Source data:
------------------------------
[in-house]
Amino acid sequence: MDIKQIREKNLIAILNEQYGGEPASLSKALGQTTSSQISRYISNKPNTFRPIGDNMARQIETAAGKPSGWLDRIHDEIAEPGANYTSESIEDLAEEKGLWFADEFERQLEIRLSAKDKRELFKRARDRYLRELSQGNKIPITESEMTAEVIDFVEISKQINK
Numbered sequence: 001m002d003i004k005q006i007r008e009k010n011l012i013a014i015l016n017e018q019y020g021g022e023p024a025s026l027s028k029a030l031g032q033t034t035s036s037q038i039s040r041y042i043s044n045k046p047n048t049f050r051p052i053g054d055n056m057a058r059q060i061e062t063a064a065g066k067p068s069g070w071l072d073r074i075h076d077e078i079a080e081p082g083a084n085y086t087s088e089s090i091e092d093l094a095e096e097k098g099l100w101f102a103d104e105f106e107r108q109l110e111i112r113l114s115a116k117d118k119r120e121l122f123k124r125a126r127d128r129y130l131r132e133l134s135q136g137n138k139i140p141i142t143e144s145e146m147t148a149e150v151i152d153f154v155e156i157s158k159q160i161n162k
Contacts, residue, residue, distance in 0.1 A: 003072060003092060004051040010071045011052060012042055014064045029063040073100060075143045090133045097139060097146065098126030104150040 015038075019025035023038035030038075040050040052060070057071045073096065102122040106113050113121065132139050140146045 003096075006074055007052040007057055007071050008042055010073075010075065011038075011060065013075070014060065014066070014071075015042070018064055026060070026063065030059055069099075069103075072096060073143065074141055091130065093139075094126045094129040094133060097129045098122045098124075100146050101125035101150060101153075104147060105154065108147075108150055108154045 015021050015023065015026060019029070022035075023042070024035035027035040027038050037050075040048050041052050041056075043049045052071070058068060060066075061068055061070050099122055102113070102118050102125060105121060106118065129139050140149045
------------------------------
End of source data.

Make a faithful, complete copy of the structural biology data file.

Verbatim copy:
[in-house]
Amino acid sequence: MDIKQIREKNLIAILNEQYGGEPASLSKALGQTTSSQISRYISNKPNTFRPIGDNMARQIETAAGKPSGWLDRIHDEIAEPGANYTSESIEDLAEEKGLWFADEFERQLEIRLSAKDKRELFKRARDRYLRELSQGNKIPITESEMTAEVIDFVEISKQINK
Numbered sequence: 001m002d003i004k005q006i007r008e009k010n011l012i013a014i015l016n017e018q019y020g021g022e023p024a025s026l027s028k029a030l031g032q033t034t035s036s037q038i039s040r041y042i043s044n045k046p047n048t049f050r051p052i053g054d055n056m057a058r059q060i061e062t063a064a065g066k067p068s069g070w071l072d073r074i075h076d077e078i079a080e081p082g083a084n085y086t087s088e089s090i091e092d093l094a095e096e097k098g099l100w101f102a103d104e105f106e107r108q109l110e111i112r113l114s115a116k117d118k119r120e121l122f123k124r125a126r127d128r129y130l131r132e133l134s135q136g137n138k139i140p141i142t143e144s145e146m147t148a149e150v151i152d153f154v155e156i157s158k159q160i161n162k
Contacts, residue, residue, distance in 0.1 A: 003072060003092060004051040010071045011052060012042055014064045029063040073100060075143045090133045097139060097146065098126030104150040 015038075019025035023038035030038075040050040052060070057071045073096065102122040106113050113121065132139050140146045 003096075006074055007052040007057055007071050008042055010073075010075065011038075011060065013075070014060065014066070014071075015042070018064055026060070026063065030059055069099075069103075072096060073143065074141055091130065093139075094126045094129040094133060097129045098122045098124075100146050101125035101150060101153075104147060105154065108147075108150055108154045 015021050015023065015026060019029070022035075023042070024035035027035040027038050037050075040048050041052050041056075043049045052071070058068060060066075061068055061070050099122055102113070102118050102125060105121060106118065129139050140149045